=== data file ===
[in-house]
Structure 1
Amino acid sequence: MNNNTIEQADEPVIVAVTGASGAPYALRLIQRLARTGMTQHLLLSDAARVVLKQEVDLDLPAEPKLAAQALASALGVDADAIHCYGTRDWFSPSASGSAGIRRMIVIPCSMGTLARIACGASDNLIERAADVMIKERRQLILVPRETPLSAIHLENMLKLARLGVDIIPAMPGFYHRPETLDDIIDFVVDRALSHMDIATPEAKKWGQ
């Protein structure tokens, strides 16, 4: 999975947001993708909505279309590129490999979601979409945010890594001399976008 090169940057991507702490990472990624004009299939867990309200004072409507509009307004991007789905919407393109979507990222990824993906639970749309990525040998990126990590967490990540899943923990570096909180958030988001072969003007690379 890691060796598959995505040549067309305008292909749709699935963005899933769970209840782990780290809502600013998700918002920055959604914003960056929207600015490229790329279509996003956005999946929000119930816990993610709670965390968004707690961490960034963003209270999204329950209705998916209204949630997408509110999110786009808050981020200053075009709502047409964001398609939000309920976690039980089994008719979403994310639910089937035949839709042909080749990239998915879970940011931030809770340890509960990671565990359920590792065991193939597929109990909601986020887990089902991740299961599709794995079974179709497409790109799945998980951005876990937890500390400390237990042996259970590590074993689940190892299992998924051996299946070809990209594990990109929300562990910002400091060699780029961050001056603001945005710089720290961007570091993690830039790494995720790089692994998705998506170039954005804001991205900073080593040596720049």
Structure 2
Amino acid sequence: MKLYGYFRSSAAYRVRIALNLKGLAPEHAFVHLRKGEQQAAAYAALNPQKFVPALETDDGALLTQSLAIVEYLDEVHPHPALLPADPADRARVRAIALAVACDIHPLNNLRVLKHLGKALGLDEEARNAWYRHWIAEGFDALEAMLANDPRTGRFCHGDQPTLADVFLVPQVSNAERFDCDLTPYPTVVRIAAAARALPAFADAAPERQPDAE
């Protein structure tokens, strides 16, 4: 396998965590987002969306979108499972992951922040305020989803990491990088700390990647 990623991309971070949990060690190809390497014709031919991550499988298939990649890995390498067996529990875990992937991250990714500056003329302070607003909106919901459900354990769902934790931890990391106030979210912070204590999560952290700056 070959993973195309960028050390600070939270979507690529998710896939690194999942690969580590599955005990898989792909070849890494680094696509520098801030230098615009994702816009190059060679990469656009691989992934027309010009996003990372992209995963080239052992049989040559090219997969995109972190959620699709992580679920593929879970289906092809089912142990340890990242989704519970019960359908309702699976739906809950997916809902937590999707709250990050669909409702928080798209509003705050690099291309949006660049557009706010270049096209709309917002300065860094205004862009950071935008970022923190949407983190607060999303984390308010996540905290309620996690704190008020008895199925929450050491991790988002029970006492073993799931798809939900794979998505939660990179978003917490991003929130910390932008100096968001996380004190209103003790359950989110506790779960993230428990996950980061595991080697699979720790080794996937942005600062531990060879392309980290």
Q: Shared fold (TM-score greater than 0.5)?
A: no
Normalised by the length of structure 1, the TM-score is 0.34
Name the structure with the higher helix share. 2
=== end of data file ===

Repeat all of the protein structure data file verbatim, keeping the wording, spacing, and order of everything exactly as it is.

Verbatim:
[in-house]
Structure 1
Amino acid sequence: MNNNTIEQADEPVIVAVTGASGAPYALRLIQRLARTGMTQHLLLSDAARVVLKQEVDLDLPAEPKLAAQALASALGVDADAIHCYGTRDWFSPSASGSAGIRRMIVIPCSMGTLARIACGASDNLIERAADVMIKERRQLILVPRETPLSAIHLENMLKLARLGVDIIPAMPGFYHRPETLDDIIDFVVDRALSHMDIATPEAKKWGQ
């Protein structure tokens, strides 16, 4: 999975947001993708909505279309590129490999979601979409945010890594001399976008 090169940057991507702490990472990624004009299939867990309200004072409507509009307004991007789905919407393109979507990222990824993906639970749309990525040998990126990590967490990540899943923990570096909180958030988001072969003007690379 890691060796598959995505040549067309305008292909749709699935963005899933769970209840782990780290809502600013998700918002920055959604914003960056929207600015490229790329279509996003956005999946929000119930816990993610709670965390968004707690961490960034963003209270999204329950209705998916209204949630997408509110999110786009808050981020200053075009709502047409964001398609939000309920976690039980089994008719979403994310639910089937035949839709042909080749990239998915879970940011931030809770340890509960990671565990359920590792065991193939597929109990909601986020887990089902991740299961599709794995079974179709497409790109799945998980951005876990937890500390400390237990042996259970590590074993689940190892299992998924051996299946070809990209594990990109929300562990910002400091060699780029961050001056603001945005710089720290961007570091993690830039790494995720790089692994998705998506170039954005804001991205900073080593040596720049």
Structure 2
Amino acid sequence: MKLYGYFRSSAAYRVRIALNLKGLAPEHAFVHLRKGEQQAAAYAALNPQKFVPALETDDGALLTQSLAIVEYLDEVHPHPALLPADPADRARVRAIALAVACDIHPLNNLRVLKHLGKALGLDEEARNAWYRHWIAEGFDALEAMLANDPRTGRFCHGDQPTLADVFLVPQVSNAERFDCDLTPYPTVVRIAAAARALPAFADAAPERQPDAE
């Protein structure tokens, strides 16, 4: 396998965590987002969306979108499972992951922040305020989803990491990088700390990647 990623991309971070949990060690190809390497014709031919991550499988298939990649890995390498067996529990875990992937991250990714500056003329302070607003909106919901459900354990769902934790931890990391106030979210912070204590999560952290700056 070959993973195309960028050390600070939270979507690529998710896939690194999942690969580590599955005990898989792909070849890494680094696509520098801030230098615009994702816009190059060679990469656009691989992934027309010009996003990372992209995963080239052992049989040559090219997969995109972190959620699709992580679920593929879970289906092809089912142990340890990242989704519970019960359908309702699976739906809950997916809902937590999707709250990050669909409702928080798209509003705050690099291309949006660049557009706010270049096209709309917002300065860094205004862009950071935008970022923190949407983190607060999303984390308010996540905290309620996690704190008020008895199925929450050491991790988002029970006492073993799931798809939900794979998505939660990179978003917490991003929130910390932008100096968001996380004190209103003790359950989110506790779960993230428990996950980061595991080697699979720790080794996937942005600062531990060879392309980290």
Q: Shared fold (TM-score greater than 0.5)?
A: no
Normalised by the length of structure 1, the TM-score is 0.34
Name the structure with the higher helix share. 2